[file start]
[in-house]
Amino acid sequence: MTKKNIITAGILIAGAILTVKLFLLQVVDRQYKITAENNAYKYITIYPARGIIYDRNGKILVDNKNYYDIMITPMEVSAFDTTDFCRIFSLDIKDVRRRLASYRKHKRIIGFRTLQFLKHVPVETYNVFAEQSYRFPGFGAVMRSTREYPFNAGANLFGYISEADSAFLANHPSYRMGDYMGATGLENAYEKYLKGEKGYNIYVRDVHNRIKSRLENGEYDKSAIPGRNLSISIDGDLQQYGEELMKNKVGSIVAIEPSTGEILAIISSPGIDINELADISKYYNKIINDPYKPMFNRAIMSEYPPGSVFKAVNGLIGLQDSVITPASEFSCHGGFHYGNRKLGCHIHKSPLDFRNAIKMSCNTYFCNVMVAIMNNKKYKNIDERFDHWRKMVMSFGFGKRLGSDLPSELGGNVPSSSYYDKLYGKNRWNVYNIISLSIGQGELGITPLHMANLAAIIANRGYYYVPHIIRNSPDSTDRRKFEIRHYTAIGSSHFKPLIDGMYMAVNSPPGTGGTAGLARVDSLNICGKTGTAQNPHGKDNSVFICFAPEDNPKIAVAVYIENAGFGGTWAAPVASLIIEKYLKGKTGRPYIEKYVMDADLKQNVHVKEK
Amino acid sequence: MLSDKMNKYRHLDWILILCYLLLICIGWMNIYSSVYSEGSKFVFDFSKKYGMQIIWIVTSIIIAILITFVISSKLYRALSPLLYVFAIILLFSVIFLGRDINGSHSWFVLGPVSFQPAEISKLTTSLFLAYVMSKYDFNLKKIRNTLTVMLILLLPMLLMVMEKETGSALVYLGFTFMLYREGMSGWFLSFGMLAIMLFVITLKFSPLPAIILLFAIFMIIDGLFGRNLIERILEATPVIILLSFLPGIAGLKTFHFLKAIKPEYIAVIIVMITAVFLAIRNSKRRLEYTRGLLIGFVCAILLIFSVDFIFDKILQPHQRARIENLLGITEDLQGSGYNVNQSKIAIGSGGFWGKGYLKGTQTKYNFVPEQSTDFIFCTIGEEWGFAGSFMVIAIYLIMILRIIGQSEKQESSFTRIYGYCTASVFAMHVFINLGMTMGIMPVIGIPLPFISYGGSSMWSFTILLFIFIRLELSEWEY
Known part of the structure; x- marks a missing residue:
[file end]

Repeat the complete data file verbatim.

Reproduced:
[in-house]
Amino acid sequence: MTKKNIITAGILIAGAILTVKLFLLQVVDRQYKITAENNAYKYITIYPARGIIYDRNGKILVDNKNYYDIMITPMEVSAFDTTDFCRIFSLDIKDVRRRLASYRKHKRIIGFRTLQFLKHVPVETYNVFAEQSYRFPGFGAVMRSTREYPFNAGANLFGYISEADSAFLANHPSYRMGDYMGATGLENAYEKYLKGEKGYNIYVRDVHNRIKSRLENGEYDKSAIPGRNLSISIDGDLQQYGEELMKNKVGSIVAIEPSTGEILAIISSPGIDINELADISKYYNKIINDPYKPMFNRAIMSEYPPGSVFKAVNGLIGLQDSVITPASEFSCHGGFHYGNRKLGCHIHKSPLDFRNAIKMSCNTYFCNVMVAIMNNKKYKNIDERFDHWRKMVMSFGFGKRLGSDLPSELGGNVPSSSYYDKLYGKNRWNVYNIISLSIGQGELGITPLHMANLAAIIANRGYYYVPHIIRNSPDSTDRRKFEIRHYTAIGSSHFKPLIDGMYMAVNSPPGTGGTAGLARVDSLNICGKTGTAQNPHGKDNSVFICFAPEDNPKIAVAVYIENAGFGGTWAAPVASLIIEKYLKGKTGRPYIEKYVMDADLKQNVHVKEK
Amino acid sequence: MLSDKMNKYRHLDWILILCYLLLICIGWMNIYSSVYSEGSKFVFDFSKKYGMQIIWIVTSIIIAILITFVISSKLYRALSPLLYVFAIILLFSVIFLGRDINGSHSWFVLGPVSFQPAEISKLTTSLFLAYVMSKYDFNLKKIRNTLTVMLILLLPMLLMVMEKETGSALVYLGFTFMLYREGMSGWFLSFGMLAIMLFVITLKFSPLPAIILLFAIFMIIDGLFGRNLIERILEATPVIILLSFLPGIAGLKTFHFLKAIKPEYIAVIIVMITAVFLAIRNSKRRLEYTRGLLIGFVCAILLIFSVDFIFDKILQPHQRARIENLLGITEDLQGSGYNVNQSKIAIGSGGFWGKGYLKGTQTKYNFVPEQSTDFIFCTIGEEWGFAGSFMVIAIYLIMILRIIGQSEKQESSFTRIYGYCTASVFAMHVFINLGMTMGIMPVIGIPLPFISYGGSSMWSFTILLFIFIRLELSEWEY
Known part of the structure; x- marks a missing residue: